Then there are the real cloud services; Azure, Amazon, and the handful of others that aren’t Azure or Amazon. If you have used one of those big cloud services you know that virtually everything that you might consider necessary to run your web site is offered as a separate service, metered and billed separately. And forget about support. If personalized support is available, it likely comes at a hefty additional cost.
With Everleap we set out to provide all the technical benefits of the big cloud providers along with the all-inclusive bundled services of traditional web hosting. So every Everleap site includes things like SQL, MySQL, SQL Reporting Services, SSL support, email and DNS service, and our excellent Technical Support that you know and love from DiscountASP.NET is included. Things you will most definitely pay extra for at the big cloud providers.
When I say Everleap is something new, it really is new. It’s the first hosting service built on Microsoft’s Windows Azure Pack. In the coming months you’re going to see other hosts coming out with Azure Pack offerings, but those will be generic, out-of-the-box plans. It isn’t possible for them to do what we’re doing at Everleap because they don’t have the experience that we do.
We have been up to our elbows in the technology underlying Azure Pack (Antares) for almost two years. We have built a world-class infrastructure to support the load balancing and flexibility available with Azure Pack, but not only that, we’ve also built our own Control Panel that allows us to quickly make adjustments and add features, something those generic guys aren’t going to ever be able to do.
Everleap is a premium service, something many of you have been asking us us to build for a long time. Well, here it is. And if I don’t say so myself, it’s really cool.
We get a lot of treats here at the office. Whenever anyone goes on vacation outside the country (or even inside the country) they often bring back some sort of edible tidbit or another for everyone to devour.
Recently Dmitri brought in some Маcсандра Crimean dessert wine, which ranks pretty highly in terms of treats. For some of us, anyway.
In fact, he was kind enough to update the wine bottle with a new location…
You don’t want to miss the demo and all the other great info laid out for you by Mr. Papa and our own Michael Ossou in this jam-packed hour.
What are you waiting for?
Dino Dogan claims that the first Tweet was sent 30,000 years ago when someone blew a plant-based dye out of their mouth and made an outline of their hand on a cave wall.
He compared cave paintings to social media during a panel discussion at the New Media Expo a little more than a week ago, and I think he happens to be spot on.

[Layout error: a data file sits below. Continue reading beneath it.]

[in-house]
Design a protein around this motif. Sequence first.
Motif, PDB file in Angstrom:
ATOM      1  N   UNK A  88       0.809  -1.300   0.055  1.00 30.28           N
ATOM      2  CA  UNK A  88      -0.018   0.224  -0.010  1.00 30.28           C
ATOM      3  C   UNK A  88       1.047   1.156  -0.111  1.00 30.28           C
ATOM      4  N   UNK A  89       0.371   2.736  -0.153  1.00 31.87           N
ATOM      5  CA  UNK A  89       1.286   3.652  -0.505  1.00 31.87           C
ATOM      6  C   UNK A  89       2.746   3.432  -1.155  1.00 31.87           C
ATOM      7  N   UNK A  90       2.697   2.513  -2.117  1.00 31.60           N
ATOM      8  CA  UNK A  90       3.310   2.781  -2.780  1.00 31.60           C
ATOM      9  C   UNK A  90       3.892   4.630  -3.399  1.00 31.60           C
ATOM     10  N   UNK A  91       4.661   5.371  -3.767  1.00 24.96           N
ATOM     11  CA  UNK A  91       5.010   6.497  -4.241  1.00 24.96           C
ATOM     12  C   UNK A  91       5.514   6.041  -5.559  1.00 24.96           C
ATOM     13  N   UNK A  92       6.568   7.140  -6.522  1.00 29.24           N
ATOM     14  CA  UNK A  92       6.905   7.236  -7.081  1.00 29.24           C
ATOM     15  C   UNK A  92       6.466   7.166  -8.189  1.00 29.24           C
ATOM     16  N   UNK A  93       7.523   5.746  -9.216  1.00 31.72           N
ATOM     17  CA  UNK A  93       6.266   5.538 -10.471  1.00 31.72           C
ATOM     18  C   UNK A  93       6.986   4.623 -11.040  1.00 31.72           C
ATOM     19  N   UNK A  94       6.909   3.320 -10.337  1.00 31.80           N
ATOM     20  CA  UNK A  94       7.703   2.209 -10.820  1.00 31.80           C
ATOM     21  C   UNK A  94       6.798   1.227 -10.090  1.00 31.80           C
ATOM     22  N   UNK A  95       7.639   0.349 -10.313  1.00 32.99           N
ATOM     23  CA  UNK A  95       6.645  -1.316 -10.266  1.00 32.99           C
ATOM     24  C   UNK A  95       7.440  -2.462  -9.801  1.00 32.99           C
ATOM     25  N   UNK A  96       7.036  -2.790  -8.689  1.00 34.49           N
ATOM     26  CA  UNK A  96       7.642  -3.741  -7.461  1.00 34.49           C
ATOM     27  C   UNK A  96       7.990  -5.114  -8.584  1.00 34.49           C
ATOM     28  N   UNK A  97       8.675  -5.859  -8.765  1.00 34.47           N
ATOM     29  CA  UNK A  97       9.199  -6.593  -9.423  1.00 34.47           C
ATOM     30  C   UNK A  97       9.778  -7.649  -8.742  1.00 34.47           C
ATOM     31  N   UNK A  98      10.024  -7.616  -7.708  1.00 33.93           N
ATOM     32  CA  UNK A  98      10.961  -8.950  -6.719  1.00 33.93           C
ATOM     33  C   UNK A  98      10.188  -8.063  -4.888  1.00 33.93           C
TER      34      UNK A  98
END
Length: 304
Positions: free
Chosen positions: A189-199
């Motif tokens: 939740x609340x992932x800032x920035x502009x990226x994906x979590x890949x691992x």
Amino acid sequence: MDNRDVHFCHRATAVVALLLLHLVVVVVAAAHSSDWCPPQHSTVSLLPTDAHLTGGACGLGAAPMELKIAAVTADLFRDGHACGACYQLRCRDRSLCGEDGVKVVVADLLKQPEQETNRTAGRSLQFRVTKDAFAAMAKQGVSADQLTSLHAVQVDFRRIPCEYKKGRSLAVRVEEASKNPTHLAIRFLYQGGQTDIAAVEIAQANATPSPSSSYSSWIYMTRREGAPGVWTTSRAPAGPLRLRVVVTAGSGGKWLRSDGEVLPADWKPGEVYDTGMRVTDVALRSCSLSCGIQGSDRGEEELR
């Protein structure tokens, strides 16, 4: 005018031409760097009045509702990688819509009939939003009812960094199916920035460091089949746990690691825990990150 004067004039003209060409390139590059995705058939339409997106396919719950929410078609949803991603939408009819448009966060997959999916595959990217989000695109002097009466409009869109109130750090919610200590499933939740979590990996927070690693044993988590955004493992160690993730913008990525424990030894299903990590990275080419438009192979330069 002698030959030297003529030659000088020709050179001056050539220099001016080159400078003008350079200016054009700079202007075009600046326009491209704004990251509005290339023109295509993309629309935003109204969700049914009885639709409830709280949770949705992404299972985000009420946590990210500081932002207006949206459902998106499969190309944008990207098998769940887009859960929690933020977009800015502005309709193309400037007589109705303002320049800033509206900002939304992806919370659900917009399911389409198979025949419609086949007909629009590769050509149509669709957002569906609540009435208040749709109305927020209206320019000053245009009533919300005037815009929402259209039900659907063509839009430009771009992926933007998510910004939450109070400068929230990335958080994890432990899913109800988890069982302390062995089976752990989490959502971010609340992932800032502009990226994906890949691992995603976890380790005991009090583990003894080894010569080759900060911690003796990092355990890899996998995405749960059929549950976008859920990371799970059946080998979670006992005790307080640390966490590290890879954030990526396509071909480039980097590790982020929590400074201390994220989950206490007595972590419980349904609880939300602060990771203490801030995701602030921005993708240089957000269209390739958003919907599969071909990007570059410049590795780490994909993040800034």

Though I have a sneaking suspicion that it’s not a message that a lot of people who make their livings through social media would necessarily be comfortable with. Because in order to sell a service (or sell yourself providing a service) these days, it’s important to appear to be on the bleeding edge of everything that comes down the line to someone’s computer, tablet or phone.
But if you take a step back and look at what we’re doing on all those computers, it’s not substantially different than what we’ve been doing for centuries:
Looking at pictures
Listening to music
Getting the latest news
Of course none of those things are “new,” by anyone’s definition of new. So what is “New Media”? We’re dealing with new delivery methods, for sure, but what are those new methods delivering?
Pictures (some of them moving pictures on YouTube)
We humans haven’t evolved much in the past few centuries, even if our technology has. We still want to do the same things we have always wanted to do; talk, find out what’s going on in the world, hear some music and look at some art. It’s just easier to do all of those things now, and we have technology to thank for that.
This social media stuff changes rapidly – at least the tools we use to engage in it do – which is why I continue to go to the New Media Expo. When you attend a conference like that you’re one short, fragile step ahead of the curve, and you get yourself involved with a lot of new things (maybe even before you want to be involved with them). In our business that’s important, because you guys talk to us using half a dozen different platforms, tools and methods. We stay on top of the technology because we value our communication with you.
But technology aside, I think a lot of what is discussed at conferences like NMX could have been discussed at a television or radio conference in 1965. How do we better communicate with our users? How do we get our message across to them without being boring or worse, not recognizing what they want and need? Those are questions we’re always asking.
The point Dogan was making when he called a cave painting “the first Tweet,” was that cave painting and social media have the same essence, and that is one human communicating with another. The same desires and skills are at work, as is the same fundamental need to connect. We can dress it up in new technology, but the result is the same.